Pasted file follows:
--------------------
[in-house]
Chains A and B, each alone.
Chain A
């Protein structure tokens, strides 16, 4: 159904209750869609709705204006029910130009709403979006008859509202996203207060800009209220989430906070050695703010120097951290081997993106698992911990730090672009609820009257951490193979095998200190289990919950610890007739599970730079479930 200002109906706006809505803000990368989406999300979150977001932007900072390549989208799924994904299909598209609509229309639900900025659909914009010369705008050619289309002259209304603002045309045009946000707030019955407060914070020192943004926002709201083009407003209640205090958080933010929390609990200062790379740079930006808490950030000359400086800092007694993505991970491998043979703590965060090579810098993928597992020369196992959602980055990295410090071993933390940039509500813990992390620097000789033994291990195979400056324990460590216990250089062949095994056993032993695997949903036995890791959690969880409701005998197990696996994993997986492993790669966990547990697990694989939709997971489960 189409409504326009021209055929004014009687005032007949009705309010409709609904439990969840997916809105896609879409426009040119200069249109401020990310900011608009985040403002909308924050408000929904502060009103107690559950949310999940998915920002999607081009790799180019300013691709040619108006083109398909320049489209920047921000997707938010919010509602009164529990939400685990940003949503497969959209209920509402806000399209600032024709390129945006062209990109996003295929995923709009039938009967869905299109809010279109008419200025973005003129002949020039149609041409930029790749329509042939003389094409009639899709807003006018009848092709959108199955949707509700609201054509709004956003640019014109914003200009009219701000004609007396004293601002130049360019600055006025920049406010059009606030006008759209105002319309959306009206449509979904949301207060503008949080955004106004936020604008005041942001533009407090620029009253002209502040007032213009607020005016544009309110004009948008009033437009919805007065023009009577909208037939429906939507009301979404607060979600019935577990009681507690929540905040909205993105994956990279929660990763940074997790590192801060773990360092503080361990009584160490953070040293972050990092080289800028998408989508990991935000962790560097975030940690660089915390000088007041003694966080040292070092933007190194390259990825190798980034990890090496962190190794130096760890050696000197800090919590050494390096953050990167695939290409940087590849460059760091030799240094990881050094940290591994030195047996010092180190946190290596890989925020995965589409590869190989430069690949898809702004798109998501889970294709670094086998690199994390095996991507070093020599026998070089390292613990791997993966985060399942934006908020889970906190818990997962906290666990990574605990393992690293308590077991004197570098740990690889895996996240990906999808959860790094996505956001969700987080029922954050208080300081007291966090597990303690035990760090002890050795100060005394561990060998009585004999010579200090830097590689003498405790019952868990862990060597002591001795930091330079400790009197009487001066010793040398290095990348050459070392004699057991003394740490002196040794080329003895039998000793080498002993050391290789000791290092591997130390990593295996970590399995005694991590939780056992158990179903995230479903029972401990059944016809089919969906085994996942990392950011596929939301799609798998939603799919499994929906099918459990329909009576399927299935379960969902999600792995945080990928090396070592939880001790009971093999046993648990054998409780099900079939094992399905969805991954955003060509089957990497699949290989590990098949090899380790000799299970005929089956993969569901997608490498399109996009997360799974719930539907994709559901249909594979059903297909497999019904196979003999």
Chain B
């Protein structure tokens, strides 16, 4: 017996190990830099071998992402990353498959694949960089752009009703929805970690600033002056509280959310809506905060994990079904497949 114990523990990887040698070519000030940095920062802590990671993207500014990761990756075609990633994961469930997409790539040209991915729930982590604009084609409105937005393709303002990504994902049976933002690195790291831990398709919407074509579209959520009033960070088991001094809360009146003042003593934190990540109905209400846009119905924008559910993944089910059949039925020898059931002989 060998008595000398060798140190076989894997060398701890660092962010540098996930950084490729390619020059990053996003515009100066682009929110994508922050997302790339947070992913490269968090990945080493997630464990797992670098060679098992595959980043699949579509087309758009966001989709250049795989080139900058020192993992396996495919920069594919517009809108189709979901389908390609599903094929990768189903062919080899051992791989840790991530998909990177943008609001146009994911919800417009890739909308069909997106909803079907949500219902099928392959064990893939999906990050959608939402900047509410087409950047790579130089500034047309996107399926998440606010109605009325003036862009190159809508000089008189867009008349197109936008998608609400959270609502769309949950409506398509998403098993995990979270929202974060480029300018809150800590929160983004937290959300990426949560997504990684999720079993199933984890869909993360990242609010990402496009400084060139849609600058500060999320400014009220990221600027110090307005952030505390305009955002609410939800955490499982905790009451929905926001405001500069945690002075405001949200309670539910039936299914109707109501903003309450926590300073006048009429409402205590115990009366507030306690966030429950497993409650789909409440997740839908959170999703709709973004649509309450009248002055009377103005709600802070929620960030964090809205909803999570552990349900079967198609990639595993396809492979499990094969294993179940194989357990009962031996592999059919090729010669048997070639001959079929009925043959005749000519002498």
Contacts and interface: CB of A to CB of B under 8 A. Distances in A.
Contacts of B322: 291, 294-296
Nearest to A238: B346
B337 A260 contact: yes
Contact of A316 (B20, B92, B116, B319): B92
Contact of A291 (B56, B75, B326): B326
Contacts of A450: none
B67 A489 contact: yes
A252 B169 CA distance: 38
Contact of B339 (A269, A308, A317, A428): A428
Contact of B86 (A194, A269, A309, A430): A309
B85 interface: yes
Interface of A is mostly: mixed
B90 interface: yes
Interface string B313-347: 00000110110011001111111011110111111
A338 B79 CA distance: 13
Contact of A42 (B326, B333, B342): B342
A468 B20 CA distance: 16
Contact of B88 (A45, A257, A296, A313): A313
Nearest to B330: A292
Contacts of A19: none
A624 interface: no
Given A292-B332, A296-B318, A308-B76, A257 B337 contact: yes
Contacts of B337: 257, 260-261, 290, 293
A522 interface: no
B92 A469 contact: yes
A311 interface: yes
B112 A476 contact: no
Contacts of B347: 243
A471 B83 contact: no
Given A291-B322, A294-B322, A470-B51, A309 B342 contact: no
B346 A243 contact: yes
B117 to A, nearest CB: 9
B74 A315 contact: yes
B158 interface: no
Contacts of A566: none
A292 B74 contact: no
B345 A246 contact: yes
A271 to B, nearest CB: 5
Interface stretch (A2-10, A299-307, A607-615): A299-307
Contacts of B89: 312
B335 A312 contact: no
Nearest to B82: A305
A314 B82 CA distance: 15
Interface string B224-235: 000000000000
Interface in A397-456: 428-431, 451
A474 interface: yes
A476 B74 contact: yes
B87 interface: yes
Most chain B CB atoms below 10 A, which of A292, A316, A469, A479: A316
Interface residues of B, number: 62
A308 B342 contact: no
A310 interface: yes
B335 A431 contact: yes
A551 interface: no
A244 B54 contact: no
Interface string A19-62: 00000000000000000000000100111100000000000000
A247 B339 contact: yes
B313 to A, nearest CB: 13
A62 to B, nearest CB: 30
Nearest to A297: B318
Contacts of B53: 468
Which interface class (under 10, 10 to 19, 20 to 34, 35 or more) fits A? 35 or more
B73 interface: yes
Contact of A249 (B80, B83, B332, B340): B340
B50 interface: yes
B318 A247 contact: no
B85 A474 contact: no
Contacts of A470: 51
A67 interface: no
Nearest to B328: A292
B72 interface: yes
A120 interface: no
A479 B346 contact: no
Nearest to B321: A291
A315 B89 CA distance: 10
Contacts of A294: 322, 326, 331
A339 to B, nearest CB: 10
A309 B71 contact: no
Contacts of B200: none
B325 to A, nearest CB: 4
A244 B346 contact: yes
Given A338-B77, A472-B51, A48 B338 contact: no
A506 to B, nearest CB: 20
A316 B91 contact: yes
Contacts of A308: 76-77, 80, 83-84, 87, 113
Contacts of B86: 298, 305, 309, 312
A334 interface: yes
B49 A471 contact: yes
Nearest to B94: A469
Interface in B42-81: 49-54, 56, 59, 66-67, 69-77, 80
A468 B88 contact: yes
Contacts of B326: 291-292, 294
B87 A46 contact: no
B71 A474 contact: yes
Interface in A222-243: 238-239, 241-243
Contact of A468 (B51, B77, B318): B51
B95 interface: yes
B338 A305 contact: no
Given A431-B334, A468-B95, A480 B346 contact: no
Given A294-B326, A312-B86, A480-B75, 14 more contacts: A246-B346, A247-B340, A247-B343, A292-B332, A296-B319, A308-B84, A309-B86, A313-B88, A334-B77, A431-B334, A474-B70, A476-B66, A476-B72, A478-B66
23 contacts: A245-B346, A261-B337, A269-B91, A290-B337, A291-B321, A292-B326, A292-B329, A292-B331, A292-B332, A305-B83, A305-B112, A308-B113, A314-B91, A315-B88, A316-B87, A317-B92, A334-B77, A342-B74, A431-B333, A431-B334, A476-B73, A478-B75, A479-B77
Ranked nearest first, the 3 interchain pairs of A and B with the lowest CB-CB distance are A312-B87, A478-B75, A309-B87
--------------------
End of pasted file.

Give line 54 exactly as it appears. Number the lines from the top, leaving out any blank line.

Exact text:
A476 B74 contact: yes